For Disney photography I do recommend picking up an ultra wide angle lens like the Tokina 11-16mm dxii f/2.8 but it is in no way required. The kit lens your camera came with will create results that exceed your wildest expectations. 

How Do You Actually Do It?

The key to any nighttime photography is keeping the camera perfectly still. I'm not talking "steady hands." I'm talking set the camera down, step away from it, and let gravity do it's job. The less you touch the camera the sharper your images will be due to the process required to get tack sharp late night photos. To keep that camera perfectly still, the best way to set up is to either mount your camera on a tripod (yes, Disney does allow them in the parks if they will fit in a backpack - just be sure to be courteous to other guests) or use some other stationary platform to set your camera on. I've taken hundreds of photos with my camera flat on the ground. Others I've used trashcans as makeshift tripods or even railings or other stationary objects in the parks. The tripod is the easiest option if you're willing to carry it or an alternative like the platypod or Joby GorillaPod will work quite well. The downside to trashcans is that you are obviously limited in composition by where trashcans are located in the parks. If you're at all serious about nighttime photography, get a decent collapsible tripod or one of those alternatives mentioned.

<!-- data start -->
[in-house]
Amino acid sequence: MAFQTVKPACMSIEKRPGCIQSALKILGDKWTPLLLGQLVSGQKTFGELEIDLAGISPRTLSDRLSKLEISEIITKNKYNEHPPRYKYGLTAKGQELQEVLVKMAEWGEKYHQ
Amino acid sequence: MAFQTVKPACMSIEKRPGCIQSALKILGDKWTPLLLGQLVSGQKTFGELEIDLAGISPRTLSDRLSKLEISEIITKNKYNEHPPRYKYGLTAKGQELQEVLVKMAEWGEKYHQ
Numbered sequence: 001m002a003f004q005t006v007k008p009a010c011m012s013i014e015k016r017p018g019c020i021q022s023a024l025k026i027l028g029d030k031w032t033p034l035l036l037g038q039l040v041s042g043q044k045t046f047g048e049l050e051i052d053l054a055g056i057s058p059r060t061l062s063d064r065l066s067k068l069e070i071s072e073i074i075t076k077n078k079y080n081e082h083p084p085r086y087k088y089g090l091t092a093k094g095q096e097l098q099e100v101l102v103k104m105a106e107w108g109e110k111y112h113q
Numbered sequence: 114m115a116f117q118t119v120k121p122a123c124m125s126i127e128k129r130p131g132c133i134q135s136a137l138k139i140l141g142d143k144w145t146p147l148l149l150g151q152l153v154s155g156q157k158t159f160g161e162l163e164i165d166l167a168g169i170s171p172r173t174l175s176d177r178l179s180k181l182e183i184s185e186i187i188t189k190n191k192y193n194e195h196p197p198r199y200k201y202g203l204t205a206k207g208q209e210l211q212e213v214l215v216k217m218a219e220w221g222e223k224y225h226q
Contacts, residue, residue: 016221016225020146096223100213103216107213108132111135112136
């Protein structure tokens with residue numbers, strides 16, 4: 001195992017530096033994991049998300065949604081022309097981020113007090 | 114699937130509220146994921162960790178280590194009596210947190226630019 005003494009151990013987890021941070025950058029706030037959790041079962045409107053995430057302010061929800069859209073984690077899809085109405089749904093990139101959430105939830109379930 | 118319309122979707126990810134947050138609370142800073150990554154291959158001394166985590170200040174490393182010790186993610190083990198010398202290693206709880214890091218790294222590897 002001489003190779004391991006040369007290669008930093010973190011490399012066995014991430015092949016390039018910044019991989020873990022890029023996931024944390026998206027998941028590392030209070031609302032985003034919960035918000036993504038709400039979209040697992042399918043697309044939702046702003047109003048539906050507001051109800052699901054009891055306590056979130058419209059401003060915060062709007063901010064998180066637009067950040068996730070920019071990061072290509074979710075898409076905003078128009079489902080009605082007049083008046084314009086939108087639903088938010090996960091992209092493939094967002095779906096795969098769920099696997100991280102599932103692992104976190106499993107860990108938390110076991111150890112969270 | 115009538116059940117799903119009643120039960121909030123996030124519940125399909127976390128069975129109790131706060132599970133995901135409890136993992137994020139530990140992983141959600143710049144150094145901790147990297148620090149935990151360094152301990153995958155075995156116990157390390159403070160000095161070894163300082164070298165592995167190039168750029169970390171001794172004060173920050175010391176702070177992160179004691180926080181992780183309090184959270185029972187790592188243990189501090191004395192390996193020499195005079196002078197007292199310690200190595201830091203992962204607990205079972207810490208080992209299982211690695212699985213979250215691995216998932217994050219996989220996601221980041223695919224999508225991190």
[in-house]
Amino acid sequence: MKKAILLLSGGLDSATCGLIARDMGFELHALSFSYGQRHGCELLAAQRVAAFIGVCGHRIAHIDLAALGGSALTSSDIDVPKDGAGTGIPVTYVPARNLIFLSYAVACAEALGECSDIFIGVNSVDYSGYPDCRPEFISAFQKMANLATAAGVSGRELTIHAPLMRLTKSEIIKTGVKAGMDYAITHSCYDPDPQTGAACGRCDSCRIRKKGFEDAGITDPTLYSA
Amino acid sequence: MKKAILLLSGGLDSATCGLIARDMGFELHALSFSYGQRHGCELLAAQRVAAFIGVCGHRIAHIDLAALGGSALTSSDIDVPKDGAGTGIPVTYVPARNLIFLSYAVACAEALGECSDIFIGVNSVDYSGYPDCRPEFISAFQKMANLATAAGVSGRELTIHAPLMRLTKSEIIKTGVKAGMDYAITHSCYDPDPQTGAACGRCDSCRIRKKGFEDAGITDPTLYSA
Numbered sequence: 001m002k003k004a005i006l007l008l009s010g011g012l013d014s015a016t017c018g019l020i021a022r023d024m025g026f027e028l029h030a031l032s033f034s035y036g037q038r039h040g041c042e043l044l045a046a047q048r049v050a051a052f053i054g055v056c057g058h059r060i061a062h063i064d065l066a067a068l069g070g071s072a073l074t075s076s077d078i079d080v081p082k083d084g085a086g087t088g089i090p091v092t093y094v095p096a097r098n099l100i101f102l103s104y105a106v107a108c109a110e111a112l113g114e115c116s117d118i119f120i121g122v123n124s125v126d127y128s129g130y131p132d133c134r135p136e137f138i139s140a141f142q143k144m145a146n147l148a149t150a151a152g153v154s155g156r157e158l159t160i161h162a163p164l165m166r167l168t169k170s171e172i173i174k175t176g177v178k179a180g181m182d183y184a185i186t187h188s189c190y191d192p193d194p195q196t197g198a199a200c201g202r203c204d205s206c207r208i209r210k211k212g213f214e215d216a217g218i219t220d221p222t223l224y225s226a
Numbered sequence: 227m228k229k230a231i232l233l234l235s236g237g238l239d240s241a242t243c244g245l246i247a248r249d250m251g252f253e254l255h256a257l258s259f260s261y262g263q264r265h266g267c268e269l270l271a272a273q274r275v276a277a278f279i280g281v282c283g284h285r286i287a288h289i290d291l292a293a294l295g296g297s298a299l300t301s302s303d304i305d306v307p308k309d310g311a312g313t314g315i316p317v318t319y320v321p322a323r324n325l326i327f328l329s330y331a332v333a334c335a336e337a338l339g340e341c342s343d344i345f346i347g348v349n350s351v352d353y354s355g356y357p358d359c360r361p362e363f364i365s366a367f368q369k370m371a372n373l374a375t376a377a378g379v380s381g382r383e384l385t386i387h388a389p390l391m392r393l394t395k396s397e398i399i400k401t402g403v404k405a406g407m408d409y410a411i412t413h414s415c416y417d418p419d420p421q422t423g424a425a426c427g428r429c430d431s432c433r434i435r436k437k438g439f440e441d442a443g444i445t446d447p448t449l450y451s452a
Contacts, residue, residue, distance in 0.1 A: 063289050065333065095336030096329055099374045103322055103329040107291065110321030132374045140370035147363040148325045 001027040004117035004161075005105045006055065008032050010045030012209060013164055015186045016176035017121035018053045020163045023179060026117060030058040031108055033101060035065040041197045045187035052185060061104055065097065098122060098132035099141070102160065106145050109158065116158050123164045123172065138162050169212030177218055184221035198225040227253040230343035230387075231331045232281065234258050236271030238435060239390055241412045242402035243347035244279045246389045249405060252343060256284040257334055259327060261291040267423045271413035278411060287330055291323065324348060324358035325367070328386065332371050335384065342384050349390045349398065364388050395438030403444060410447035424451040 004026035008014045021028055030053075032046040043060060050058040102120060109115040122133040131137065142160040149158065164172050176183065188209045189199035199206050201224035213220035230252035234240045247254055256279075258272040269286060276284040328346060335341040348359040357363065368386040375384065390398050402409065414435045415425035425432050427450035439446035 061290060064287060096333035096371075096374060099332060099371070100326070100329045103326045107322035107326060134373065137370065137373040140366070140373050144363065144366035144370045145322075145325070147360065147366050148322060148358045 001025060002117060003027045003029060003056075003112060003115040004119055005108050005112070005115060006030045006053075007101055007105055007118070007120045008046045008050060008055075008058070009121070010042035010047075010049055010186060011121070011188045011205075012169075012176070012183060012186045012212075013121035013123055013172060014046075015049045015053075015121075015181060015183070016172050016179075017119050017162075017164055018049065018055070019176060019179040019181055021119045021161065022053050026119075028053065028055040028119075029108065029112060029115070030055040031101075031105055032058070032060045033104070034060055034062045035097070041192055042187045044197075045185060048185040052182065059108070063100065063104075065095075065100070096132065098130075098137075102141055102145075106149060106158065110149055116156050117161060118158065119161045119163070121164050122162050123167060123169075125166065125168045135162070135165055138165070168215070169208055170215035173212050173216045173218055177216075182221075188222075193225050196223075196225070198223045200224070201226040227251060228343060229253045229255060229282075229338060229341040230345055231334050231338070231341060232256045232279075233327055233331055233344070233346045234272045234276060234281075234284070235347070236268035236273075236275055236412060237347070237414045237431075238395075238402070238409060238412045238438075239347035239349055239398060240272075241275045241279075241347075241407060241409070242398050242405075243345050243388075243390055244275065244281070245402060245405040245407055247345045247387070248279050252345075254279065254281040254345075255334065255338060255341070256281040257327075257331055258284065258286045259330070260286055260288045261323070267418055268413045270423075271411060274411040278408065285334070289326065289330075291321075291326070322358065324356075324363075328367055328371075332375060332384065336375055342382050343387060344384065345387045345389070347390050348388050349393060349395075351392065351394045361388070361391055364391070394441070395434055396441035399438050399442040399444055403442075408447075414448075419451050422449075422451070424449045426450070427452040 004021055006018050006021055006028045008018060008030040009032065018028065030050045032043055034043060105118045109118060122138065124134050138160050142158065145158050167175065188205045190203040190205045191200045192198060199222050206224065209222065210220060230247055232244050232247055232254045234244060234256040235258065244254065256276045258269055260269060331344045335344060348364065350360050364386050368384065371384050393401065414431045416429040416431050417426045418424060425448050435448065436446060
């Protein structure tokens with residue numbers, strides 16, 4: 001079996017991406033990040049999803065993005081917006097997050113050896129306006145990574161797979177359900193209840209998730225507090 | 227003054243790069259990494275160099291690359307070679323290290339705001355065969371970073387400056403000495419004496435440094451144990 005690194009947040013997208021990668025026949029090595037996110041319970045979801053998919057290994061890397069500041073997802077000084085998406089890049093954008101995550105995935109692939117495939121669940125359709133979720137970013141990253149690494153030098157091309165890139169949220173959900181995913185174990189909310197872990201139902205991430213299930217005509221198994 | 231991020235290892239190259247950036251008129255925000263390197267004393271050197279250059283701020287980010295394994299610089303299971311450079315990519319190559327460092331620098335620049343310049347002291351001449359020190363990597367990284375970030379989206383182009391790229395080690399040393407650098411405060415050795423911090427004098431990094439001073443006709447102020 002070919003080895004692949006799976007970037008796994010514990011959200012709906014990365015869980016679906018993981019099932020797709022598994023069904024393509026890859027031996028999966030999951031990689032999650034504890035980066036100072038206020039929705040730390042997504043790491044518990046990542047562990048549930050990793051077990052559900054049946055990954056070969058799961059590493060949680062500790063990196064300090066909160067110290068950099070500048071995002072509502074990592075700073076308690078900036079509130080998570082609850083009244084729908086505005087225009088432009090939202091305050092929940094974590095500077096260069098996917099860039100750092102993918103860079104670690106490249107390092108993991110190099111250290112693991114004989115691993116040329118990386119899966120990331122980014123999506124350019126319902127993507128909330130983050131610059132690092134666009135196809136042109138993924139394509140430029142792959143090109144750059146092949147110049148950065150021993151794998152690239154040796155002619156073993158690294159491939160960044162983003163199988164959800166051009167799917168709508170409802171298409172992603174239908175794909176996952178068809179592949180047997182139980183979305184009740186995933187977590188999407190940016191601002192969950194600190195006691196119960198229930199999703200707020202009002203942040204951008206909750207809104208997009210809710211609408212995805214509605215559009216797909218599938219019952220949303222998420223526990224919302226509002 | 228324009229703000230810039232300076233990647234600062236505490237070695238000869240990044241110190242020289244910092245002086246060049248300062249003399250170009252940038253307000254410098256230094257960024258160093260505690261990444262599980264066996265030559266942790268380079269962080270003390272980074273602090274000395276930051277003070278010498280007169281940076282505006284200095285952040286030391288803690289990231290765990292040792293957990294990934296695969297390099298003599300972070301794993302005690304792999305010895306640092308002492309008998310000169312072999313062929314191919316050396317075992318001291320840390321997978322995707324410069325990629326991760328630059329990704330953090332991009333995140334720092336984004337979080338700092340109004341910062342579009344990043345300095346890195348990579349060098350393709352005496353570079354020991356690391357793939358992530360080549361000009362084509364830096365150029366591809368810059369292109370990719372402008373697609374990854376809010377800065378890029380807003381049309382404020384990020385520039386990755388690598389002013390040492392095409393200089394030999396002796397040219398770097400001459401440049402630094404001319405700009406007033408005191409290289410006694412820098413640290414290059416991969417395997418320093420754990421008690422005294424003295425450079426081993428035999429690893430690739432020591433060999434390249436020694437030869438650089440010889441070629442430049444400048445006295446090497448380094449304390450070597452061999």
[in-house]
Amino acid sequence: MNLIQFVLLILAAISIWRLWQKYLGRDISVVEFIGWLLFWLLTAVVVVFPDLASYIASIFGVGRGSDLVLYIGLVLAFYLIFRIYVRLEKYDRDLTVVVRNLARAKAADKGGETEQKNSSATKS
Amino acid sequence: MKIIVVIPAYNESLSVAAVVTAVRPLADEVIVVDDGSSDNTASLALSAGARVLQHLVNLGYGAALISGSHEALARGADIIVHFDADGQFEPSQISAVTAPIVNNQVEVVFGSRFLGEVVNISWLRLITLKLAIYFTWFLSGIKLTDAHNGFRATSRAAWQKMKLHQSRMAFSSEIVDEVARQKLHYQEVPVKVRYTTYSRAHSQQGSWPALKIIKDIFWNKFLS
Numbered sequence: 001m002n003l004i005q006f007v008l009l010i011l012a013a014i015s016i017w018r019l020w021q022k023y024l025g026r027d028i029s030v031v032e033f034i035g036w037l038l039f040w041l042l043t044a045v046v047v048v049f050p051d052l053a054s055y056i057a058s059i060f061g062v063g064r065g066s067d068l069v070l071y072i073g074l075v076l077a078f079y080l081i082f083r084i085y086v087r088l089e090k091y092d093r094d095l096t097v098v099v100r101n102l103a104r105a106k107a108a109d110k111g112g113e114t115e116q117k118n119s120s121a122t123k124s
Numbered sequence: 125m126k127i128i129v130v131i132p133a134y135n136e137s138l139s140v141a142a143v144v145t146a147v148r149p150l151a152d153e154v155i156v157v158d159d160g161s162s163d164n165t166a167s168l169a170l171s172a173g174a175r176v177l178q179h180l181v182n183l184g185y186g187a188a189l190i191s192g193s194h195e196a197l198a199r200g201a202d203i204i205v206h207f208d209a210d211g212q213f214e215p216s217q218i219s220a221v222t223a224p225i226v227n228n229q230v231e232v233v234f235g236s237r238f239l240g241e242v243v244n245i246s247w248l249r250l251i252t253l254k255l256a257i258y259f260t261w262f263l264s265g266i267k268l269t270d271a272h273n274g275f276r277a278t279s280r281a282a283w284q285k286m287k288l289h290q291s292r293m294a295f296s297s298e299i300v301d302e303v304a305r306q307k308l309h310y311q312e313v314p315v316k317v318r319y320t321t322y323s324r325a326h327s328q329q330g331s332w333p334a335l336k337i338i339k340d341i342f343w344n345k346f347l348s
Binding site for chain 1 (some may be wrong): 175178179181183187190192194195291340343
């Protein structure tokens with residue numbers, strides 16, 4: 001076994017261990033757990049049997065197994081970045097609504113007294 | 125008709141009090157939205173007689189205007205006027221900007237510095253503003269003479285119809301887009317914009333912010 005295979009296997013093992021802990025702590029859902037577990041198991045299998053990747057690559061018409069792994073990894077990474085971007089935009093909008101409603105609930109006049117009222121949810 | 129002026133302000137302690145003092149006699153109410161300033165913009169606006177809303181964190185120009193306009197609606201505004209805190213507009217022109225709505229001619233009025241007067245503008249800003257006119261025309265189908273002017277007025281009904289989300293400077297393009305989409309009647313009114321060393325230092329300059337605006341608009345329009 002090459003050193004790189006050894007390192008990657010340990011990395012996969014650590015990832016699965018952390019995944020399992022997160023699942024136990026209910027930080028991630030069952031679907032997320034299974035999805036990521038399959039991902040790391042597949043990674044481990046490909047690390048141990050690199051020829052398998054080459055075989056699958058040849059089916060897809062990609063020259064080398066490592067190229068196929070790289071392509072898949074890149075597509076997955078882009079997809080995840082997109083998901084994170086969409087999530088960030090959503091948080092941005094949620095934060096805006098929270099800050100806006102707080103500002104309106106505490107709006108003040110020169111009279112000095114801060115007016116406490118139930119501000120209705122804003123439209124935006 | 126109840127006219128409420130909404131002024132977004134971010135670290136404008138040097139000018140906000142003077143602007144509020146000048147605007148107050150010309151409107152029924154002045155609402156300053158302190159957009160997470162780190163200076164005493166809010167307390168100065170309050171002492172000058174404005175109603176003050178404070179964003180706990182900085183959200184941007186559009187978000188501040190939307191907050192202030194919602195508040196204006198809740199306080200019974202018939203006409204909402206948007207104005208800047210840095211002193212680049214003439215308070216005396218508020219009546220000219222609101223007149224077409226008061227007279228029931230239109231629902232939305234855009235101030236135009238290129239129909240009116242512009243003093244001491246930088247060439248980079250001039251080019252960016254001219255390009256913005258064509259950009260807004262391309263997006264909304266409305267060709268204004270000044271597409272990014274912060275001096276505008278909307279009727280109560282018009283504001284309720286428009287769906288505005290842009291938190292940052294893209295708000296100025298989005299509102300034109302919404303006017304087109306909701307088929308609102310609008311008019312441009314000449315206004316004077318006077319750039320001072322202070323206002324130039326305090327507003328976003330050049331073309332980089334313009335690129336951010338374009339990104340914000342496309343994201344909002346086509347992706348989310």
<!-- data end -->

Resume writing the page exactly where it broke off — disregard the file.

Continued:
To get the shot, set up your tripod, mount your camera to it carefully, and frame up your desired shot with the screen or the viewfinder. Once you have everything set up switch your camera out of any assisted mode and move to aperture priority, shutter priority, or full manual. All of my shooting is done in full manual at night. Every photo person does something a little different but manual works for me. As far as metering modes, I use Nikon's "matrix metering" for most landscape style lat night shots (it's a fairly easy setting to find on your camera but the term for it does vary by manufacturer).   

On the back of your screen you'll see three adjustable options no matter what manufacturer camera you have if you are in manual mode. One will be a number ranging from 100 and adjustable up to well over 56,000 in some cases called "iso," one will be an f-stop number represented by anything from f/1.4 all the way up to f/22 or higher, and one will list a fractional number or whole number called your shutter speed.